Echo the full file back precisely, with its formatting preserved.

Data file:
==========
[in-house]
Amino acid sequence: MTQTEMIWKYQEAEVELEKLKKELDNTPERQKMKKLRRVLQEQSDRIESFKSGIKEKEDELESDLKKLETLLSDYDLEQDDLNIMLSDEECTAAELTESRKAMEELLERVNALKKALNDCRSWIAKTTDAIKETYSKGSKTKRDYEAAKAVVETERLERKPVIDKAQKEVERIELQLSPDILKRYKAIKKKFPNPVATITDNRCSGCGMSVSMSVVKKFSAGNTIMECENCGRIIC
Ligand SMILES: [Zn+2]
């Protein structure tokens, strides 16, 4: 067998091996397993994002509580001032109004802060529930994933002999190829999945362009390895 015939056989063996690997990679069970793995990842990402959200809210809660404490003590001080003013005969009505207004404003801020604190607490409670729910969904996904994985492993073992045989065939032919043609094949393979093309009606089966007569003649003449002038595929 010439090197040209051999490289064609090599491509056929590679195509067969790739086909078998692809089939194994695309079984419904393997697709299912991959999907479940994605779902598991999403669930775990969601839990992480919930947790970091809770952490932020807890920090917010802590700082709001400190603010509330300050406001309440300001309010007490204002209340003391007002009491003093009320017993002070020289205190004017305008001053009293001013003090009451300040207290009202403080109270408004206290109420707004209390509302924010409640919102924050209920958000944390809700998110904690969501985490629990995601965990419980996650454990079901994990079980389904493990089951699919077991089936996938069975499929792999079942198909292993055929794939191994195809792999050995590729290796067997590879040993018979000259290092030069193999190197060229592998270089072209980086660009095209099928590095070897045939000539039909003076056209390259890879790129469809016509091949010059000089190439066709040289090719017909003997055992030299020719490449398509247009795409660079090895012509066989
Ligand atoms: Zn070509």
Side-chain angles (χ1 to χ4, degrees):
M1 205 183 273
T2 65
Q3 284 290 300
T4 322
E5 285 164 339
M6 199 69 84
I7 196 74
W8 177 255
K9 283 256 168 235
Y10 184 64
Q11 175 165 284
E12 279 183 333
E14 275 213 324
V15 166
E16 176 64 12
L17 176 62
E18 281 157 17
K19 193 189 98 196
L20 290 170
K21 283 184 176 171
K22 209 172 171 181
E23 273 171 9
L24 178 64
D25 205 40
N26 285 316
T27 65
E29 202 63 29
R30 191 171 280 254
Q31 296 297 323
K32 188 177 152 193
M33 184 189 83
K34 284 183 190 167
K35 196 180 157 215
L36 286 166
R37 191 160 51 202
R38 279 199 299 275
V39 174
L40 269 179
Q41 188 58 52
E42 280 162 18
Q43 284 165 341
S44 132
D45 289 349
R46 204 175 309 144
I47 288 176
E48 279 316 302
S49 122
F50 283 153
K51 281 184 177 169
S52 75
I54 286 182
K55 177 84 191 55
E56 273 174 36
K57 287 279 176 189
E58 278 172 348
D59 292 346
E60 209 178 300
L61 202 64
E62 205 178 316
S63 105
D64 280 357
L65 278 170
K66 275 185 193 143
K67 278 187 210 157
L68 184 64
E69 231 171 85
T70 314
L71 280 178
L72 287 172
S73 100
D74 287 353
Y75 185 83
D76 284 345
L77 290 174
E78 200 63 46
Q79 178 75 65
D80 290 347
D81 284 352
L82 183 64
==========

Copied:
[in-house]
Amino acid sequence: MTQTEMIWKYQEAEVELEKLKKELDNTPERQKMKKLRRVLQEQSDRIESFKSGIKEKEDELESDLKKLETLLSDYDLEQDDLNIMLSDEECTAAELTESRKAMEELLERVNALKKALNDCRSWIAKTTDAIKETYSKGSKTKRDYEAAKAVVETERLERKPVIDKAQKEVERIELQLSPDILKRYKAIKKKFPNPVATITDNRCSGCGMSVSMSVVKKFSAGNTIMECENCGRIIC
Ligand SMILES: [Zn+2]
């Protein structure tokens, strides 16, 4: 067998091996397993994002509580001032109004802060529930994933002999190829999945362009390895 015939056989063996690997990679069970793995990842990402959200809210809660404490003590001080003013005969009505207004404003801020604190607490409670729910969904996904994985492993073992045989065939032919043609094949393979093309009606089966007569003649003449002038595929 010439090197040209051999490289064609090599491509056929590679195509067969790739086909078998692809089939194994695309079984419904393997697709299912991959999907479940994605779902598991999403669930775990969601839990992480919930947790970091809770952490932020807890920090917010802590700082709001400190603010509330300050406001309440300001309010007490204002209340003391007002009491003093009320017993002070020289205190004017305008001053009293001013003090009451300040207290009202403080109270408004206290109420707004209390509302924010409640919102924050209920958000944390809700998110904690969501985490629990995601965990419980996650454990079901994990079980389904493990089951699919077991089936996938069975499929792999079942198909292993055929794939191994195809792999050995590729290796067997590879040993018979000259290092030069193999190197060229592998270089072209980086660009095209099928590095070897045939000539039909003076056209390259890879790129469809016509091949010059000089190439066709040289090719017909003997055992030299020719490449398509247009795409660079090895012509066989
Ligand atoms: Zn070509």
Side-chain angles (χ1 to χ4, degrees):
M1 205 183 273
T2 65
Q3 284 290 300
T4 322
E5 285 164 339
M6 199 69 84
I7 196 74
W8 177 255
K9 283 256 168 235
Y10 184 64
Q11 175 165 284
E12 279 183 333
E14 275 213 324
V15 166
E16 176 64 12
L17 176 62
E18 281 157 17
K19 193 189 98 196
L20 290 170
K21 283 184 176 171
K22 209 172 171 181
E23 273 171 9
L24 178 64
D25 205 40
N26 285 316
T27 65
E29 202 63 29
R30 191 171 280 254
Q31 296 297 323
K32 188 177 152 193
M33 184 189 83
K34 284 183 190 167
K35 196 180 157 215
L36 286 166
R37 191 160 51 202
R38 279 199 299 275
V39 174
L40 269 179
Q41 188 58 52
E42 280 162 18
Q43 284 165 341
S44 132
D45 289 349
R46 204 175 309 144
I47 288 176
E48 279 316 302
S49 122
F50 283 153
K51 281 184 177 169
S52 75
I54 286 182
K55 177 84 191 55
E56 273 174 36
K57 287 279 176 189
E58 278 172 348
D59 292 346
E60 209 178 300
L61 202 64
E62 205 178 316
S63 105
D64 280 357
L65 278 170
K66 275 185 193 143
K67 278 187 210 157
L68 184 64
E69 231 171 85
T70 314
L71 280 178
L72 287 172
S73 100
D74 287 353
Y75 185 83
D76 284 345
L77 290 174
E78 200 63 46
Q79 178 75 65
D80 290 347
D81 284 352
L82 183 64